KUALA LUMPUR (Reuters) - Malaysians have given Prime Minister Mahathir Mohamad a 71 percent approval rating, but concern about ethnic and religious issues has risen since his election in May, an opinion poll showed on Wednesday.
The survey conducted in August by the independent pollster Merdeka Center is the first since Mahathir won a stunning election victory with promises of fighting corruption and reforming institutions.
Mahathir’s return from retirement - he had stepped down in 2003 after 22 years in power - inspired many Malaysians to vote for change and end the decade-long rule of Mahathir’s former protege, Najib Razak.
The Merdeka Center said 71 percent of the 1,160 voters surveyed for the August 7-14 poll said they were satisfied with Mahathir’s performance in his first 100 days in office.
It said 56 percent were satisfied with the overall performance of the ruling Pakatan Harapan (PH) coalition in fulfilling its election promises, and 55 percent said they believed the country was headed in the right direction.
Those numbers were down slightly from a survey taken shortly after the new government was formed in May, indicating that post-election euphoria was dissipating, Merdeka said.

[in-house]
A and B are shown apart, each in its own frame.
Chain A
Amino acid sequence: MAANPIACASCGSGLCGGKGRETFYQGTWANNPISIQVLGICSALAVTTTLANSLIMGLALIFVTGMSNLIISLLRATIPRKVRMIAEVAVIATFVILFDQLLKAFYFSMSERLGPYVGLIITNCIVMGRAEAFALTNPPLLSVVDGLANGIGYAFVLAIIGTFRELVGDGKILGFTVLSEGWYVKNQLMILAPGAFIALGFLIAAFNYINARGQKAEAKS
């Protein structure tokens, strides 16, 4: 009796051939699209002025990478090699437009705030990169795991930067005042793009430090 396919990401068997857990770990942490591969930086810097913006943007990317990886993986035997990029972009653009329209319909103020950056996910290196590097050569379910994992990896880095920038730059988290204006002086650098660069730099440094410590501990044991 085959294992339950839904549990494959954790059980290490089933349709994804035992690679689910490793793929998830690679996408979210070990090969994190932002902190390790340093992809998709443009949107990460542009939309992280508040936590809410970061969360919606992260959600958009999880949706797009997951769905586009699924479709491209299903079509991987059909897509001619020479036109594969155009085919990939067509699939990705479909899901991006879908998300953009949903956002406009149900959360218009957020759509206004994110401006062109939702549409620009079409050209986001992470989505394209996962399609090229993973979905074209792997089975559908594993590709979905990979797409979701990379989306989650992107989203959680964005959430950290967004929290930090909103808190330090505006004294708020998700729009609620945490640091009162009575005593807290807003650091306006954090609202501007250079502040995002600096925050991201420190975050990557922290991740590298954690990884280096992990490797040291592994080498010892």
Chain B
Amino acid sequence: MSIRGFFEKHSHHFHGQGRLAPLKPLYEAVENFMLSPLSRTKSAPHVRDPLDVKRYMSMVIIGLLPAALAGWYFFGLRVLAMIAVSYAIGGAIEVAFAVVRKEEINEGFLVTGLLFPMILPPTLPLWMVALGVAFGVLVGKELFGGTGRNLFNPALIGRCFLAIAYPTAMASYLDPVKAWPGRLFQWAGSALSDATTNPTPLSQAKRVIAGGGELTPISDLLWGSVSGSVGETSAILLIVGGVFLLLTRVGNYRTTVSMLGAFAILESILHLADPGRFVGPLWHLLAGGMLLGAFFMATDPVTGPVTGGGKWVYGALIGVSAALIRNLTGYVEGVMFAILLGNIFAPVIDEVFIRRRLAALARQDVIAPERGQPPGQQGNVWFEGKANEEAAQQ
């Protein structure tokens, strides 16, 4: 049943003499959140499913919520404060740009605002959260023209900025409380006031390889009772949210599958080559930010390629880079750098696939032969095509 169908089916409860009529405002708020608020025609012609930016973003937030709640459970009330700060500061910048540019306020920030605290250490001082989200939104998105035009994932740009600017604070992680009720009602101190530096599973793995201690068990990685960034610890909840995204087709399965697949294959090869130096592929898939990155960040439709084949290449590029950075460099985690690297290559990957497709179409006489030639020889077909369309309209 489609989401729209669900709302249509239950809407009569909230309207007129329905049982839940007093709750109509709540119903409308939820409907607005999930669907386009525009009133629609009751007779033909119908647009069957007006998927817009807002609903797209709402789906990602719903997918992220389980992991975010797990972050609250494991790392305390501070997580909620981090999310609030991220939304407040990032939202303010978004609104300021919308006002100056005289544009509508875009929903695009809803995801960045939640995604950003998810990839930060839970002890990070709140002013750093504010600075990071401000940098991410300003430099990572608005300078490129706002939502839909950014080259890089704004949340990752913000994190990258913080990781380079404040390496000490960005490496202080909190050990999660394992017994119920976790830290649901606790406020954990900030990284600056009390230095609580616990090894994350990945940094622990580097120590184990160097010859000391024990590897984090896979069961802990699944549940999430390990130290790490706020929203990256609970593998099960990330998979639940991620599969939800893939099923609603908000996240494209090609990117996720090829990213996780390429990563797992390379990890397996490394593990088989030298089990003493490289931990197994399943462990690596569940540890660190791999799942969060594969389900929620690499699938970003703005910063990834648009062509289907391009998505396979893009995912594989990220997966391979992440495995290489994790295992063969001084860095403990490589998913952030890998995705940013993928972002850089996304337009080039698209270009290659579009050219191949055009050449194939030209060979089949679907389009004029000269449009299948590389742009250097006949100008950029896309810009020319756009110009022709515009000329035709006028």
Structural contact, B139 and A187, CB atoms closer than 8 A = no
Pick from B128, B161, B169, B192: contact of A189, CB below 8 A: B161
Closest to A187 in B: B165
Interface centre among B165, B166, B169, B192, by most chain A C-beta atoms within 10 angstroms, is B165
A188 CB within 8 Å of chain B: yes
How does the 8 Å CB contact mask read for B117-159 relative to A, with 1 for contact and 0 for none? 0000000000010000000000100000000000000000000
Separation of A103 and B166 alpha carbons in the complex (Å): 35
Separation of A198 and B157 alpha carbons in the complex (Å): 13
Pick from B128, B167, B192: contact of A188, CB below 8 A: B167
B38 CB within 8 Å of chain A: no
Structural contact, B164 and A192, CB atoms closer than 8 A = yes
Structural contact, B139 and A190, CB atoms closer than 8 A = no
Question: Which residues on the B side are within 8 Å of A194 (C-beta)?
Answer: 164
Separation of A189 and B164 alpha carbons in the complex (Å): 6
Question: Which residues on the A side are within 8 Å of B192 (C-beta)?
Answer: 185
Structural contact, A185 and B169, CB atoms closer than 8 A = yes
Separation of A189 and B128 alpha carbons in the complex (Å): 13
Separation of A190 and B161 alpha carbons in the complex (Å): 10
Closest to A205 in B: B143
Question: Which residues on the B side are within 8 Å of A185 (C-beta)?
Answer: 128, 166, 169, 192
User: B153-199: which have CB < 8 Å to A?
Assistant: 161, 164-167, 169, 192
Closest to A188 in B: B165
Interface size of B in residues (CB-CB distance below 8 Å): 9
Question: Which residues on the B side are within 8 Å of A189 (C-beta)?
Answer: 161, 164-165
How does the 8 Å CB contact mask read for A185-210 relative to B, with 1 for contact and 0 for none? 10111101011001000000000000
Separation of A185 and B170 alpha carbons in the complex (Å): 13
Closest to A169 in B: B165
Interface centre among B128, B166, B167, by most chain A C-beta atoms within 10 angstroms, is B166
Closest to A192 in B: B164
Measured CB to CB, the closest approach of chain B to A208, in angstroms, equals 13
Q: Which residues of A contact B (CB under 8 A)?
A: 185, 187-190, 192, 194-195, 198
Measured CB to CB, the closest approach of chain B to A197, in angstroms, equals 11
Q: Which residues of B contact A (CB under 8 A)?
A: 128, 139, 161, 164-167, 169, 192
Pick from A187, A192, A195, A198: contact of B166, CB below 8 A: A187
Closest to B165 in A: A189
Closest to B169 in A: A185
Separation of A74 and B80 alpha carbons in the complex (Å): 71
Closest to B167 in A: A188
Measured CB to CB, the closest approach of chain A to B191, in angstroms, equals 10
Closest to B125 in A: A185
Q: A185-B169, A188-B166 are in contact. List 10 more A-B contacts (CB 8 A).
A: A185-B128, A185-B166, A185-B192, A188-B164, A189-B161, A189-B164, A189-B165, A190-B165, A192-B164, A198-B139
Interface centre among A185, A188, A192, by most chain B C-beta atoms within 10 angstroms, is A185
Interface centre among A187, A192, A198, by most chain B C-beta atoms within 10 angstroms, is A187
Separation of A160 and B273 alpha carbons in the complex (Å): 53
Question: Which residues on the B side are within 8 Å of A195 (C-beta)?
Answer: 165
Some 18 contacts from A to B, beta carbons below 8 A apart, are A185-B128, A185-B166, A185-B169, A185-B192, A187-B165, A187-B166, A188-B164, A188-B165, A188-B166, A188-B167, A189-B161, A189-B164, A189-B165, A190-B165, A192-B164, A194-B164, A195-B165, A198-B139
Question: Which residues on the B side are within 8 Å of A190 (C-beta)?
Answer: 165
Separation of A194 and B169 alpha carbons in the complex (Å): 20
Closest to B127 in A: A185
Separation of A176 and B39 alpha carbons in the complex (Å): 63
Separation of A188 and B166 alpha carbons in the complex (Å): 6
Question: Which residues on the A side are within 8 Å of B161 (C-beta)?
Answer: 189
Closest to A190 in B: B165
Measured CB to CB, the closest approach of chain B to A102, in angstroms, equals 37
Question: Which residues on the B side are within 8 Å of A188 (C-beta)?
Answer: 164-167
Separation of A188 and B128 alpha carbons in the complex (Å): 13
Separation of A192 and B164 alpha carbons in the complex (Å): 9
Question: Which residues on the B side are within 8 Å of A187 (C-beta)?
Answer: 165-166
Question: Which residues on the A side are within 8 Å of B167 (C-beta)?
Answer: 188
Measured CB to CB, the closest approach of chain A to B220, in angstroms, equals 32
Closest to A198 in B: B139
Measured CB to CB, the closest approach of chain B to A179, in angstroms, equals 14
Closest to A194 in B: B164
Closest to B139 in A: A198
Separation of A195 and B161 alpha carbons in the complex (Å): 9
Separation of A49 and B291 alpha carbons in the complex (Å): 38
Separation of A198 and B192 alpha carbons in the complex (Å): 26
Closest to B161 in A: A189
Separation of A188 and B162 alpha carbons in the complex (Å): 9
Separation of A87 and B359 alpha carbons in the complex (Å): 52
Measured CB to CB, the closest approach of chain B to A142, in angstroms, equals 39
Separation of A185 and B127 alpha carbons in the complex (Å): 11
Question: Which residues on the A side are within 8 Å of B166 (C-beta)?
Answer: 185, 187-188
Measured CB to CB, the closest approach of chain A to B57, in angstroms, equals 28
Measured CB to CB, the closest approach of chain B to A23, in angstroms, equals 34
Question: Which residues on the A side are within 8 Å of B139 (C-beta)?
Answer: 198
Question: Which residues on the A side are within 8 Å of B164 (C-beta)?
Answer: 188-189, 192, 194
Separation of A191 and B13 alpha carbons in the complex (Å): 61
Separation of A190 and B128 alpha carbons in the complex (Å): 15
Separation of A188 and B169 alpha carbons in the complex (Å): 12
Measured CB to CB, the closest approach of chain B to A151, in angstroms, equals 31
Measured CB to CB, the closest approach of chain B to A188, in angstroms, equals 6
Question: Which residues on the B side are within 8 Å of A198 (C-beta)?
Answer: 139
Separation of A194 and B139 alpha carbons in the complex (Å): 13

“Nonetheless, the present positive numbers underpin the general satisfaction expressed by voters on the performance of the new government on a number of issues since taking power in May 2018,” Merdeka said in a statement.
The state of the economy remained a key issue, with only 48 percent saying they were satisfied with how the new government intended to promote economic growth.
About 55 percent said they were dissatisfied with government measures to address the rising cost of living.
The survey also suggested Malaysians are more worried about ethnic issues and religious rights. Some 21 percent cited those issues as a concern in August, up from 12 percent in April.
Race and religion have always been sensitive issues in multi-ethnic Malaysia, where most members of the ethnic Malay majority are Muslim, while the members of the ethnic Chinese and Indian minorities are mainly Buddhist, Christian or Hindu.
Some groups representing Malays have said their rights are being eroded under the new government, and criticised recent appointments of non-Muslims to key posts.
Thousands of people attended a rally in the capital Kuala Lumpur last month to call for better protection of Malay rights.
About 44 to 45 percent of Malays in the survey said they were dissatisfied with government efforts to protect the position of Islam, the poll said.
“Heading into the future, the PH government will face the challenge of managing heightened public expectations, an opposition that is galvanizing rhetoric on race and religion, and managing coalition politics,” Merdeka said.
Reporting by Praveen Menon; Editing by Darren Schuettler
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